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Women who travel

Debbie Nicol shares her extraordinary travel insights in this interview with VakanShe. Travel is her prime antidote to any overwork or out-of-balance situations in her busy work life as the Managing Director of a Dubai-based business consultancy and learning organisation.


She is an entrepreneur, a global citizen and someone who craves nature and connectivity. She is the author of ‘Travelling Embers’, a book (yet more appropriately described as a reflection tool) with lessons that she gathered from her travels around the world and that have contributed to her personal evolution within the changing world. If ever she can’t get away and travel, she will retreat in the world of writing.


What does traveling mean to you?

Travelling is freedom. It’s really that simple! The very nature of travel means we free ourselves of routine, escaping the familiar and known and re-position ourselves into fresh perspectives, with new people, in new surroundings.


There is no better way to learn. There is no better way to recharge. There is no better way to transport yourself into a phase of renewal other than travel.


I learn because I am off automatic pilot, with every sense awakened. From the gentlest whispers of the wind against my skin to the loudest orchestra in a city center square,  I learn, feel and explore. I recharge or reboot because every task in a new environment will face a lack of knowledge or skills, so the energy runs high in the face of change and challenge for me. I can find the tiniest amount of excitement and gratitude in performing the most mundane of tasks in a new environment.  I have to listen to each new word, home in on each plate of indescribable food and absorb the antics behind each new behaviour. It’s like creating a new jigsaw puzzle!

Interviews with globetrotting and adventurous women with wanderlust

Why do you travel and what do you search for when traveling?

My primary purpose of travel is adventure, as it brings such bliss, joy and accomplishment to me. Whether I’m trekking Mont Blanc, sledding in the Arctic, sea-caving in Cyprus, swimming with whale sharks in Oman, exploring Annapurna, sharing nature with gorillas in Rwanda, detoxing in Thailand, I’m ‘under process’, growing, exploring, learning – and accomplishing ‘being’ just that little more with each new experience.


Have you ever experienced something extraordinary while traveling that you would like to share?

Every trip has unique-ness. All adventure is extraordinary. In fact, the definition of ‘extraordinary’ differs for every individual. For me, this word transports me to a place of wonder. Is it the people who add the flavour of ‘extraordinary’, the sights and sounds of the landscape and culture or the very interactions and connections themselves. Personally, I believe all three contribute to the degree of ‘extraordinary’.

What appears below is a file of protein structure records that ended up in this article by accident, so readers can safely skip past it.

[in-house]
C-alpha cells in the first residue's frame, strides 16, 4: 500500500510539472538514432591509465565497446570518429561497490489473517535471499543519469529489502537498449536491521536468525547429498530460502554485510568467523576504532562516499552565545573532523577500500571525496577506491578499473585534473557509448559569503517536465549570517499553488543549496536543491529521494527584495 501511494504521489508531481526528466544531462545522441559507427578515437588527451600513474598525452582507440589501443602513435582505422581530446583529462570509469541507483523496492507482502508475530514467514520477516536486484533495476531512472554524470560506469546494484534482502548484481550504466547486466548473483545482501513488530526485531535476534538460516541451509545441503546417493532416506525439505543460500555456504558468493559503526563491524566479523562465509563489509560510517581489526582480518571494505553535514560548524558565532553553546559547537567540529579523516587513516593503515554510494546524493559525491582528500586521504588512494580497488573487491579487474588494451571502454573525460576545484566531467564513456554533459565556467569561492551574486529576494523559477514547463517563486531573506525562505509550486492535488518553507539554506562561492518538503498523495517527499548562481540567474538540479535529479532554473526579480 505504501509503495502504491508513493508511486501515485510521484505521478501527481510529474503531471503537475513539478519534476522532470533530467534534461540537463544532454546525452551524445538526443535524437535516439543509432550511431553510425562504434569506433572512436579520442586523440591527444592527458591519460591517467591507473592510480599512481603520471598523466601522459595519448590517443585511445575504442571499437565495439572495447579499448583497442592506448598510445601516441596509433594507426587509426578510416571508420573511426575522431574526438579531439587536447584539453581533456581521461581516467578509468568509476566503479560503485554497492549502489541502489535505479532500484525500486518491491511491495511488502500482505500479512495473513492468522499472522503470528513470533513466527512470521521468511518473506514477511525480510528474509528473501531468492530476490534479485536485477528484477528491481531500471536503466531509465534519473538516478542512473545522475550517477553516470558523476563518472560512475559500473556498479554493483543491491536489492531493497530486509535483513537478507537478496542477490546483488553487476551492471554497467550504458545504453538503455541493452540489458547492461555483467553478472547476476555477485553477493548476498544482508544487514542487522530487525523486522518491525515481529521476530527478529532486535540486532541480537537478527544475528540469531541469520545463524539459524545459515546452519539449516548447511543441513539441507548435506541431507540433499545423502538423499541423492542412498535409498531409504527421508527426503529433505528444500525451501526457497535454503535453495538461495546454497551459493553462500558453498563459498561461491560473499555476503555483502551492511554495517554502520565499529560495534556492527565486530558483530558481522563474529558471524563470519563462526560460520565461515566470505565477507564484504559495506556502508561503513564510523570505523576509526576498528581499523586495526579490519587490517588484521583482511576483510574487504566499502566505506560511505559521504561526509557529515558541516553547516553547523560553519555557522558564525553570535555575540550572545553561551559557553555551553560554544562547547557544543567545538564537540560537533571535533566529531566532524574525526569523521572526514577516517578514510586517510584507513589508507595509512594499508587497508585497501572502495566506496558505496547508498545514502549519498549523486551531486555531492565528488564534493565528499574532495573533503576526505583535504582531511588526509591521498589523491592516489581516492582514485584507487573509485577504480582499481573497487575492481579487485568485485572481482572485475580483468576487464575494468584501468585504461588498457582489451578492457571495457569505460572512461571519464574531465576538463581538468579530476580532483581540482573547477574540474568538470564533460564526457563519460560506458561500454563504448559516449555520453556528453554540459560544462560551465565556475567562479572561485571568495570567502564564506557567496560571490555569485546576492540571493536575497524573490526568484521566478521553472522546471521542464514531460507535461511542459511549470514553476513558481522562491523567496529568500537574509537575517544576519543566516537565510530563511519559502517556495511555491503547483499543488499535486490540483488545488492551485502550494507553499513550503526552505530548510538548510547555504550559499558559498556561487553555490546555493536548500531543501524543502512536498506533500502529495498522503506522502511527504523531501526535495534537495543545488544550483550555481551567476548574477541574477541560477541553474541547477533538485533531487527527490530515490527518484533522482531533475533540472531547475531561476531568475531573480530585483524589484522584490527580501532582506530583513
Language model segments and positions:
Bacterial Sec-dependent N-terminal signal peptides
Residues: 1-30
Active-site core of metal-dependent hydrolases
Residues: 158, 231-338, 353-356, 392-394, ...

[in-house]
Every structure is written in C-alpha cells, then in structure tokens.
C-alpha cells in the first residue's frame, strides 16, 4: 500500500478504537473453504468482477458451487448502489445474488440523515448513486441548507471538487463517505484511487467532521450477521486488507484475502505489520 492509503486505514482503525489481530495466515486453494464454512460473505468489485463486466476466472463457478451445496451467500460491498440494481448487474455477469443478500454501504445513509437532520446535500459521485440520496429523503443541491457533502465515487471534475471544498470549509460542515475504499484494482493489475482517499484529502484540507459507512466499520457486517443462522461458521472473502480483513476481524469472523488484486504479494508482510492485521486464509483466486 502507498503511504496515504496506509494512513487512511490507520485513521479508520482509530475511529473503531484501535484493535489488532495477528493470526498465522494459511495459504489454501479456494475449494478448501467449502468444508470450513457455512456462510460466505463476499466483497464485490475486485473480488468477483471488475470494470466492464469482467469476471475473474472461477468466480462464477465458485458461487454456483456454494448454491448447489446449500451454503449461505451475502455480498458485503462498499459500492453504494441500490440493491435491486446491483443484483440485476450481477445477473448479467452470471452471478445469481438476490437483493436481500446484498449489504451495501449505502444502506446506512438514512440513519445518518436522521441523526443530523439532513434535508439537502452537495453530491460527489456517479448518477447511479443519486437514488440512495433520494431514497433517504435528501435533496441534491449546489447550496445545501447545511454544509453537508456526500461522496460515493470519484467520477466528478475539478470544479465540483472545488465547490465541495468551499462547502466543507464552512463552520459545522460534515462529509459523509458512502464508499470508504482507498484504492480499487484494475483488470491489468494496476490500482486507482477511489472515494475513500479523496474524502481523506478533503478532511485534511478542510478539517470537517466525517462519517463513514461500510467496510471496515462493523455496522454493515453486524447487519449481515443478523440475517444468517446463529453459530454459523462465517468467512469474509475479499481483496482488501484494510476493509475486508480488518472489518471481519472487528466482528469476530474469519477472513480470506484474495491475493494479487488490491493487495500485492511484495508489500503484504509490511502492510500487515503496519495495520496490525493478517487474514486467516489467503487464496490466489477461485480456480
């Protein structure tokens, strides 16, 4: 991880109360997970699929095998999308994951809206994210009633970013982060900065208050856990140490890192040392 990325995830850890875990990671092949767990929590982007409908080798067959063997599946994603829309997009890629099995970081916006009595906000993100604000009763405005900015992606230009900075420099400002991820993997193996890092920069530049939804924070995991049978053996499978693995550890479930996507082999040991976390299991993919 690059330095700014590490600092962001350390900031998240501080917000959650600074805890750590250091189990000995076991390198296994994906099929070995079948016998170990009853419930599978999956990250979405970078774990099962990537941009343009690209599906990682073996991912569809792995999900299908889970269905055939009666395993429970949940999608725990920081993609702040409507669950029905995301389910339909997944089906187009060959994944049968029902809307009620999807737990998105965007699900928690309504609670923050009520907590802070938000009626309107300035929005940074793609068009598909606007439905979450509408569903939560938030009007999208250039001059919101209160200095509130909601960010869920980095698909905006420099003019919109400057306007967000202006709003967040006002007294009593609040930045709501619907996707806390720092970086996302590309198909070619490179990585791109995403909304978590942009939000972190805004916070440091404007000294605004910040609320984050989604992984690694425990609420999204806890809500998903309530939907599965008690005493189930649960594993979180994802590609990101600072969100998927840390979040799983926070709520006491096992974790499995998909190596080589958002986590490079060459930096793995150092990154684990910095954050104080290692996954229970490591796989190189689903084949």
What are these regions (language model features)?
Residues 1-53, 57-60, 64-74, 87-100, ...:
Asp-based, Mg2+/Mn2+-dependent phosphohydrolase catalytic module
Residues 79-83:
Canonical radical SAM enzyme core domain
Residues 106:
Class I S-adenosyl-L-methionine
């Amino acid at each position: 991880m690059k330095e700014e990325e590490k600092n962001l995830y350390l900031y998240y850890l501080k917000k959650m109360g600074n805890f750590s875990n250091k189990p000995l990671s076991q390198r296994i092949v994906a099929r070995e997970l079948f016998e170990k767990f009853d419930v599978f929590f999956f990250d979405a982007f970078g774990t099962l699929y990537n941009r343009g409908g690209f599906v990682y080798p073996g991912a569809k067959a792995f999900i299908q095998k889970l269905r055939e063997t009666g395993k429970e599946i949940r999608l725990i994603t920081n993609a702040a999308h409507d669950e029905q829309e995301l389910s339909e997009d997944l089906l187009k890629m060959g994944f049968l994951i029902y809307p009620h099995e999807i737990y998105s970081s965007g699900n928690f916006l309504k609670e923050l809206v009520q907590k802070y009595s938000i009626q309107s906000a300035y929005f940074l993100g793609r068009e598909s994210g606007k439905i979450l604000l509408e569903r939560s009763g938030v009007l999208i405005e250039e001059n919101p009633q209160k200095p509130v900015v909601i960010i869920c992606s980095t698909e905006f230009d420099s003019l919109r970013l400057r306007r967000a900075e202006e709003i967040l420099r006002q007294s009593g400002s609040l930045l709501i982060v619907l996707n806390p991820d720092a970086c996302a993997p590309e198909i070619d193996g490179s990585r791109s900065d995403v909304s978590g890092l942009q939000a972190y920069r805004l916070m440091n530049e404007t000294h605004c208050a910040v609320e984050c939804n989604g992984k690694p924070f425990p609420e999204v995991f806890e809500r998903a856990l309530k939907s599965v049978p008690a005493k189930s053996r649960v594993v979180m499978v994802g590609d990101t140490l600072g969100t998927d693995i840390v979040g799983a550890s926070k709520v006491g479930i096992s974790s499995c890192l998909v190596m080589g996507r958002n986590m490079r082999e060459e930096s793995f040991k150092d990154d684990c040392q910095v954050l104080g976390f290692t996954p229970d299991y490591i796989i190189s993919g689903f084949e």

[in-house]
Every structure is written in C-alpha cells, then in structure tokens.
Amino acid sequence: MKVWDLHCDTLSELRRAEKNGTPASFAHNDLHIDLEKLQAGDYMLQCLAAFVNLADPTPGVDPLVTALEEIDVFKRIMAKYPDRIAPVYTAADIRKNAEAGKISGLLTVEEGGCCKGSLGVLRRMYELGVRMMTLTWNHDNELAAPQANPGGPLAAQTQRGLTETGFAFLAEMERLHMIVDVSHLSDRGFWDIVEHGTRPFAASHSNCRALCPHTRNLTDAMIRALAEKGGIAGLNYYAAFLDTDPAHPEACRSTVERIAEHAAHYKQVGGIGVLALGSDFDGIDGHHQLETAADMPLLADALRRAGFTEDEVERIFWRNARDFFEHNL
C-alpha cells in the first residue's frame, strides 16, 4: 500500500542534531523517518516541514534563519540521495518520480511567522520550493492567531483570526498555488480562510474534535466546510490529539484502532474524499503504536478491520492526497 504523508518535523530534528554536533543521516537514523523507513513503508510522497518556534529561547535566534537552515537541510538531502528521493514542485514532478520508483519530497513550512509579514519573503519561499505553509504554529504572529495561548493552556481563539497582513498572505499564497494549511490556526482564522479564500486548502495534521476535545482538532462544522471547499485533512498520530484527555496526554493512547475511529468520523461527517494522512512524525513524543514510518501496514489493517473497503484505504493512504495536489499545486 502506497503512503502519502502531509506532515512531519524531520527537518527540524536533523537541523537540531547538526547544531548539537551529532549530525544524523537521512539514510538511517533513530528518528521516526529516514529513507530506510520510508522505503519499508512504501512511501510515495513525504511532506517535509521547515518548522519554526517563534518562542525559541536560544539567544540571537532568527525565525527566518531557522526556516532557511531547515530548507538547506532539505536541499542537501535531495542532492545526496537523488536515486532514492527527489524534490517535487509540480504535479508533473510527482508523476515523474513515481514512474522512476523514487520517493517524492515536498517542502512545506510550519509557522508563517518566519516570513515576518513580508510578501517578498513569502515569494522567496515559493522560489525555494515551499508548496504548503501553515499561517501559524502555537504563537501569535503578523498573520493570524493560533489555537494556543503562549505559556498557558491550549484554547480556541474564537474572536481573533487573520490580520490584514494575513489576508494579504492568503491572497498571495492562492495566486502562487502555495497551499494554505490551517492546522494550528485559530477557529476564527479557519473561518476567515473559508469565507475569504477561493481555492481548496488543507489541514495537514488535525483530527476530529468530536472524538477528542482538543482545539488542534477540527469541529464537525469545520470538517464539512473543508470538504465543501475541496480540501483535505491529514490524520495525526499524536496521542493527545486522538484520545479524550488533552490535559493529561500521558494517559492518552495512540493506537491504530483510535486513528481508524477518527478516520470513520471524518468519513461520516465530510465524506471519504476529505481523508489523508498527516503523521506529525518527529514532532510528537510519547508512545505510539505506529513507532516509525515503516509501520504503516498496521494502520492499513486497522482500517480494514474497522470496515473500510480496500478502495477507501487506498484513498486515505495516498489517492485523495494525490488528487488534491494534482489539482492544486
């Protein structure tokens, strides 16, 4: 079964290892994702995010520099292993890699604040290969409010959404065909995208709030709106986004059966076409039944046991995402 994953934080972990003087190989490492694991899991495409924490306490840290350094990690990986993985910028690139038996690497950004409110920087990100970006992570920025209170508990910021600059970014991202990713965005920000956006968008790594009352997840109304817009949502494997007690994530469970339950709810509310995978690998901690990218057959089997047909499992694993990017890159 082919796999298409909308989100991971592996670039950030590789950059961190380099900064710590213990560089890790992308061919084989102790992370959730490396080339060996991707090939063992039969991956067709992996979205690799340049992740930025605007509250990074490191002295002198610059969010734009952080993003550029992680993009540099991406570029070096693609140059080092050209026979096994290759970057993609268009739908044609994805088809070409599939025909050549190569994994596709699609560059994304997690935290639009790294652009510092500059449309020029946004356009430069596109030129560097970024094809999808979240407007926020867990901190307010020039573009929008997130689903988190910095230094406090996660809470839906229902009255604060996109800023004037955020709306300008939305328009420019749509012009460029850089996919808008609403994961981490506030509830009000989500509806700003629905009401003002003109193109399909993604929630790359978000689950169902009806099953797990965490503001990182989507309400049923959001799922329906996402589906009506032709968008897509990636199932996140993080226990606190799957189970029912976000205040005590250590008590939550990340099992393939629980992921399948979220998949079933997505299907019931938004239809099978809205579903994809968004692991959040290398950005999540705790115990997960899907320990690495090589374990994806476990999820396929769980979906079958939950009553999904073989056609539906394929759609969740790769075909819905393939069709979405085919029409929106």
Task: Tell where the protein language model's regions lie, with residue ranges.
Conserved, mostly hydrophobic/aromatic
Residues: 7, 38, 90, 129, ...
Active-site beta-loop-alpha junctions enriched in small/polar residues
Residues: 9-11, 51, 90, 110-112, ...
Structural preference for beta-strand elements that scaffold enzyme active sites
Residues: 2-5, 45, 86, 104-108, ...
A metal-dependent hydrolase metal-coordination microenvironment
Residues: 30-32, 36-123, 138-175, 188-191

In the book ‘Travelling Embers’, each and every short reflection in the book carries with it the essence of ‘extraordinary’ travel; otherwise, if not extraordinary, would it have morphed into a written form for others to reflect and learn from? The avocado head rubs in Indonesia, the children on the train in Vietnam, the goats in the wadis of Jordan, the near-miss in Khan El Khalili souq in Egypt, the isolation in the slums of Bangladesh, the goose bumps from the gospel singers in Africa, the antics of the mid-winter swimmers of Sweden, the amazing coincidence in New York, the fauna’s habits in the desert of the UAE, the ‘bathroom’ techniques of the sled dogs in the Arctic, the 2004 tsunami of South-East Asia – ‘extraordinary’ is all around us all the time!  


What is your favourite destination?

I often say I need to be running six lives at any one moment. It is simply impossible for me to name just one.

Which country is according to you a ‘must go’ destination for women?

Any and every country. One that offers serenity and the highest level of safety (and much acceptance of women) is Oman.


Do you have a bucket list and if you do what is on there?

My bucket list consists of more and more life! I still want to navigate Macchu Picchu along with so many other places. I really don't want my travel journeys to ever stop.


After returning from trekking Mont Blanc recently, I visited a chiropodist as I had a strange feeling in one of my feet. I was relieved to receive the chiropodist’s verdict: ‘with those feet you’ll be trekking until you are 100!’ Little did I know that a chiropodist could get so excited nor did I know that there was such a condition as ‘healthy feet’. Yet, I’m happy to hear that my bucket list will likely extend for many years to come. There’s simply too many corners of the world yet to explore.

Do you have any tips you would like to share with other women who travel?

I represent the ‘single travellers’ club regularly! My main tip: Immerse yourself in every new culture, yet at the same time never ever shut down the senses that keep an eye on what’s happening around you.


One last thing: Finally the world is waking up to single travellers, so do be on the lookout for hotels that will ensure you are not paying the same for a room as do a couple. It may not be a proportionate saving, yet it’s a sign of understanding the reality of travel in the world of ‘singles’.

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Do you feel inspired by Debbie's stories and would you like to read some of her Travelling Embers? Click here for a sneak peek into her book.

If you wonder how Debbie has incorporated her travel experiences into a corporate business model, check out the leadership model that she developed.

To get in touch with Debbie, please email her on: